The Andros Yacht Club, true to the island’s strong nautical tradition organizes an exciting the Andros International Yacht Race every August and also offers sailing lessons to children aged nine and above. The view of tiny white sailboats zooming across the waters and swiveling to miss families of swans is one of the prettiest and most characteristic scenes in Niborio beach. The long coastline is lined by a wooden boardwalk and as of two years ago also has access from the road into the sea for wheelchair-bound individuals.
A Call to Foodies
Unlike neighbouring Tinos and not-far-off Mykonos, Andros hasn’t yet developed a reputation for its local cuisine or notable gastronomic exploits. However, over the last few years the dining scene has evolved, with a few food stores and restaurants significantly raising the island’s culinary profile. In the main port of Gavrio, the classic Greek Taverna Karavostasi now serves a menu of gourmet-style specials that include mouth-watering ‘Calamari Carbonara’, (made by slicing the calamari into linguini-shaped strips), shrimp ceviche and moreish marinated seabass.
In Chora, visit the recently re-opened taverna Agroktima for classic, unpretentious and flavorsome Greek fare like lamb chops, salads made with organic garden vegetables, locally farmed meat and fat-preserved Andriot sausage that stars in the island’s favorite dish, the Fourtalia omelette.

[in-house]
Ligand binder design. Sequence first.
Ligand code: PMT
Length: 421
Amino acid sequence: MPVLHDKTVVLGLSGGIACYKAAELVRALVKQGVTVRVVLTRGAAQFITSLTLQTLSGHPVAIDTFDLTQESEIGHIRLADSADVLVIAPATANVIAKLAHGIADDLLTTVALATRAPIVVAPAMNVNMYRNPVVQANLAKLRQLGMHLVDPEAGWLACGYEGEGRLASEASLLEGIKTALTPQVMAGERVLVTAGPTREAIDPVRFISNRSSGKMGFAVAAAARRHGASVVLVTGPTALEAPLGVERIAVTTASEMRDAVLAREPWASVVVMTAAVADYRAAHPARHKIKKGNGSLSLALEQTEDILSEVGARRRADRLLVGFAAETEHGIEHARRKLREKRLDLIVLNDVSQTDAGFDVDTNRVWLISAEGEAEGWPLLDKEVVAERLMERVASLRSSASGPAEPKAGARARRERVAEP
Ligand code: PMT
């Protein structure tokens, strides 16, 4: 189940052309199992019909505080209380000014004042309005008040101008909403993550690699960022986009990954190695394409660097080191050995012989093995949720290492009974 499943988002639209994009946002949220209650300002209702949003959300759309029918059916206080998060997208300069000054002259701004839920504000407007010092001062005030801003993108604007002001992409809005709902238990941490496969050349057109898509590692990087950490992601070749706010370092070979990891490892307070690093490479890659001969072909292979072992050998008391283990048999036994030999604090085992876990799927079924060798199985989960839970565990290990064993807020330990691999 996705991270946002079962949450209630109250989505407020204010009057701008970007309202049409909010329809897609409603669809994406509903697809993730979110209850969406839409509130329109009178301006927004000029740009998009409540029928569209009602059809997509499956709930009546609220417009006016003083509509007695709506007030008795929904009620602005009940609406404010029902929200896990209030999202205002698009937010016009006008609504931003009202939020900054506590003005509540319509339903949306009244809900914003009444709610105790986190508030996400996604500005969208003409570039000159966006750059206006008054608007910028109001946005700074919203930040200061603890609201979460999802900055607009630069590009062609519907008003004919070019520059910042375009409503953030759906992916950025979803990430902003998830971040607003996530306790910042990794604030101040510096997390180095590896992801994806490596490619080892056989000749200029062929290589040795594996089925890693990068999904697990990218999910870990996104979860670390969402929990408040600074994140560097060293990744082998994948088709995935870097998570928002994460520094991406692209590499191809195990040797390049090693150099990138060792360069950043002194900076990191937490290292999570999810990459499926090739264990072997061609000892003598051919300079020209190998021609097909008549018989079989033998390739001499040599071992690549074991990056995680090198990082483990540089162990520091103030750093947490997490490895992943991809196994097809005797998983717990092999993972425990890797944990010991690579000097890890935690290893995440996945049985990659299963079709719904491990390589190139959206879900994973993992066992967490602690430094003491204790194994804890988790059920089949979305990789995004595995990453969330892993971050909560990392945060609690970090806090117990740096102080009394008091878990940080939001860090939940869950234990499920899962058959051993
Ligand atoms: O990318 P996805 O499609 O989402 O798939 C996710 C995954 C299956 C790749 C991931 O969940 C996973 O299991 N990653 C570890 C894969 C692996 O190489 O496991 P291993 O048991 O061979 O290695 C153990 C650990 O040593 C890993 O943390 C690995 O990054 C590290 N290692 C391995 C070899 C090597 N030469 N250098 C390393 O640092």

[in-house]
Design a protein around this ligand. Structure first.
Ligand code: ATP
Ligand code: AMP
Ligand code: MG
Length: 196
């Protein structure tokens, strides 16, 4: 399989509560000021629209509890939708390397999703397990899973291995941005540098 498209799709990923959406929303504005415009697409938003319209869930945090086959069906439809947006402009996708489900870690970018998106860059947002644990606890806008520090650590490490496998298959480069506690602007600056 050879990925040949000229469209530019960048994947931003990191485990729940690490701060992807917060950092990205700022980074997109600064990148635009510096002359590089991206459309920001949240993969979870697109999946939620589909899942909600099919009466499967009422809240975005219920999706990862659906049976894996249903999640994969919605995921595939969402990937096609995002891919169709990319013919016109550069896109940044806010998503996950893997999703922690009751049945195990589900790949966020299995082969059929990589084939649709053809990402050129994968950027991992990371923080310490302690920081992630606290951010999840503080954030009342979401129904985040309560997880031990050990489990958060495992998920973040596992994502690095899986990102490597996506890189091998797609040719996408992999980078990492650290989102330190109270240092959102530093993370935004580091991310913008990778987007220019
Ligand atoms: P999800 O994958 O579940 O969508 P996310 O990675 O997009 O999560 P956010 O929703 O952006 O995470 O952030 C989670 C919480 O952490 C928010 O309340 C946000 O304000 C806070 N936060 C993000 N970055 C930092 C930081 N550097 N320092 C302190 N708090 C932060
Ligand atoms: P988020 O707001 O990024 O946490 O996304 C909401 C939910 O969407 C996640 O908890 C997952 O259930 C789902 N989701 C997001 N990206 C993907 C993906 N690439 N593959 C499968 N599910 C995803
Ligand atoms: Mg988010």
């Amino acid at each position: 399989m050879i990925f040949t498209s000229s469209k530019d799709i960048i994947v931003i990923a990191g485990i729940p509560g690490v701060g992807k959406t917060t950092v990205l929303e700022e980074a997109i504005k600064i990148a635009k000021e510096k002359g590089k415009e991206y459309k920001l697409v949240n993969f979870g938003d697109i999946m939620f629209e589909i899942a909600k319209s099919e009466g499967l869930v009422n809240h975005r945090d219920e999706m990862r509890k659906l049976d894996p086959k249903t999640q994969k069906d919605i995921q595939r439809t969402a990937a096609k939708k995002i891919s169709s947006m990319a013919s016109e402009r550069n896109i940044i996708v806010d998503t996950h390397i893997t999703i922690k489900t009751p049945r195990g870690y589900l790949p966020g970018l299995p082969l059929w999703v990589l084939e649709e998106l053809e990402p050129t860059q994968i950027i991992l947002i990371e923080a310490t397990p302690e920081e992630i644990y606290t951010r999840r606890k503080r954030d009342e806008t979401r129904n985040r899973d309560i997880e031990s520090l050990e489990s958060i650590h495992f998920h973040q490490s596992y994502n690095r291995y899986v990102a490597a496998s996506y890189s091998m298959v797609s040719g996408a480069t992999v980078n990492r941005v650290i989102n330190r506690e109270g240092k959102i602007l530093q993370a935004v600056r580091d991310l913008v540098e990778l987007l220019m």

If you’re interested in learning how to make Fourtalia yourself or just want to eat it freshly made by a local cook worth her salt, visit Despina Karystinou at her house in Katakalei mountain (Tel. (+30) 6973.479.284), a truly authentic experience.
Another refreshing dinner experience in Chora is NeoBar, the island’s trendiest spot, which serves well-mixed cocktails and Italian-style pizzas to a live DJ soundtrack, and with a mesmerizing view (especially during sunset) over Paraporti beach.
The production of traditional and locally grown foods has notably increased over the last two years. Although the island’s agriculture has been declining the last few decades, there are some noteworthy efforts to revive it. Three traditional cheese factories (two in Korthi, one in Aprovatou and a home workshop in Messaria have been created and more local sweets and a plethora of other local products are available.